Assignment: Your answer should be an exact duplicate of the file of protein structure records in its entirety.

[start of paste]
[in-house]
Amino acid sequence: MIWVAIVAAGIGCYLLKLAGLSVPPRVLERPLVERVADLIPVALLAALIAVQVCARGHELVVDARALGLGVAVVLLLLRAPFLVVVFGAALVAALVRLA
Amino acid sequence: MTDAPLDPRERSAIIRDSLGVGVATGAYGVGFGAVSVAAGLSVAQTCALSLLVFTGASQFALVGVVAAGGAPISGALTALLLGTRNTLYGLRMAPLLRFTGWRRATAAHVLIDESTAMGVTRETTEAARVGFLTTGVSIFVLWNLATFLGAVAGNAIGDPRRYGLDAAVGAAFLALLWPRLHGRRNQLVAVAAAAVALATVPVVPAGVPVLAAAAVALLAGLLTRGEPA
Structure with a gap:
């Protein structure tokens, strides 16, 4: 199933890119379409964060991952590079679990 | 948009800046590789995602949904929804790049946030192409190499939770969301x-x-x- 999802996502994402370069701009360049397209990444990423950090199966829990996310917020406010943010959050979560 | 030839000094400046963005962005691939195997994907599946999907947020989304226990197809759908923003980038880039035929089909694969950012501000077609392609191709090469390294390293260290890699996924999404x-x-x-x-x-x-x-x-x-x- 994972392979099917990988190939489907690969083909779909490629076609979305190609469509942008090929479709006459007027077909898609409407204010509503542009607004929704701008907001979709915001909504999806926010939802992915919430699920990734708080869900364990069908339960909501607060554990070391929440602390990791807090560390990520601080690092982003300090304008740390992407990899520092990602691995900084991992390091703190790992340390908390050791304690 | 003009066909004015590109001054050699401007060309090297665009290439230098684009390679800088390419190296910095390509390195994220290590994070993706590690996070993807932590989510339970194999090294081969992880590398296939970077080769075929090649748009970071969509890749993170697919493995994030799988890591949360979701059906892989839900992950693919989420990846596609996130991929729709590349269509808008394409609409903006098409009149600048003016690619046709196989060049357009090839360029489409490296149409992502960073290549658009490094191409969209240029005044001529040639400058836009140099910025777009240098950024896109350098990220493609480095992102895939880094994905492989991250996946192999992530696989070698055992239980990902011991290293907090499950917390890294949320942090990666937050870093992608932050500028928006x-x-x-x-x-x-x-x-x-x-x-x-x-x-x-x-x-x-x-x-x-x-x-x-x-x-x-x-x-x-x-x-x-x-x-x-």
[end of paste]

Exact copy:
[in-house]
Amino acid sequence: MIWVAIVAAGIGCYLLKLAGLSVPPRVLERPLVERVADLIPVALLAALIAVQVCARGHELVVDARALGLGVAVVLLLLRAPFLVVVFGAALVAALVRLA
Amino acid sequence: MTDAPLDPRERSAIIRDSLGVGVATGAYGVGFGAVSVAAGLSVAQTCALSLLVFTGASQFALVGVVAAGGAPISGALTALLLGTRNTLYGLRMAPLLRFTGWRRATAAHVLIDESTAMGVTRETTEAARVGFLTTGVSIFVLWNLATFLGAVAGNAIGDPRRYGLDAAVGAAFLALLWPRLHGRRNQLVAVAAAAVALATVPVVPAGVPVLAAAAVALLAGLLTRGEPA
Structure with a gap:
């Protein structure tokens, strides 16, 4: 199933890119379409964060991952590079679990 | 948009800046590789995602949904929804790049946030192409190499939770969301x-x-x- 999802996502994402370069701009360049397209990444990423950090199966829990996310917020406010943010959050979560 | 030839000094400046963005962005691939195997994907599946999907947020989304226990197809759908923003980038880039035929089909694969950012501000077609392609191709090469390294390293260290890699996924999404x-x-x-x-x-x-x-x-x-x- 994972392979099917990988190939489907690969083909779909490629076609979305190609469509942008090929479709006459007027077909898609409407204010509503542009607004929704701008907001979709915001909504999806926010939802992915919430699920990734708080869900364990069908339960909501607060554990070391929440602390990791807090560390990520601080690092982003300090304008740390992407990899520092990602691995900084991992390091703190790992340390908390050791304690 | 003009066909004015590109001054050699401007060309090297665009290439230098684009390679800088390419190296910095390509390195994220290590994070993706590690996070993807932590989510339970194999090294081969992880590398296939970077080769075929090649748009970071969509890749993170697919493995994030799988890591949360979701059906892989839900992950693919989420990846596609996130991929729709590349269509808008394409609409903006098409009149600048003016690619046709196989060049357009090839360029489409490296149409992502960073290549658009490094191409969209240029005044001529040639400058836009140099910025777009240098950024896109350098990220493609480095992102895939880094994905492989991250996946192999992530696989070698055992239980990902011991290293907090499950917390890294949320942090990666937050870093992608932050500028928006x-x-x-x-x-x-x-x-x-x-x-x-x-x-x-x-x-x-x-x-x-x-x-x-x-x-x-x-x-x-x-x-x-x-x-x-």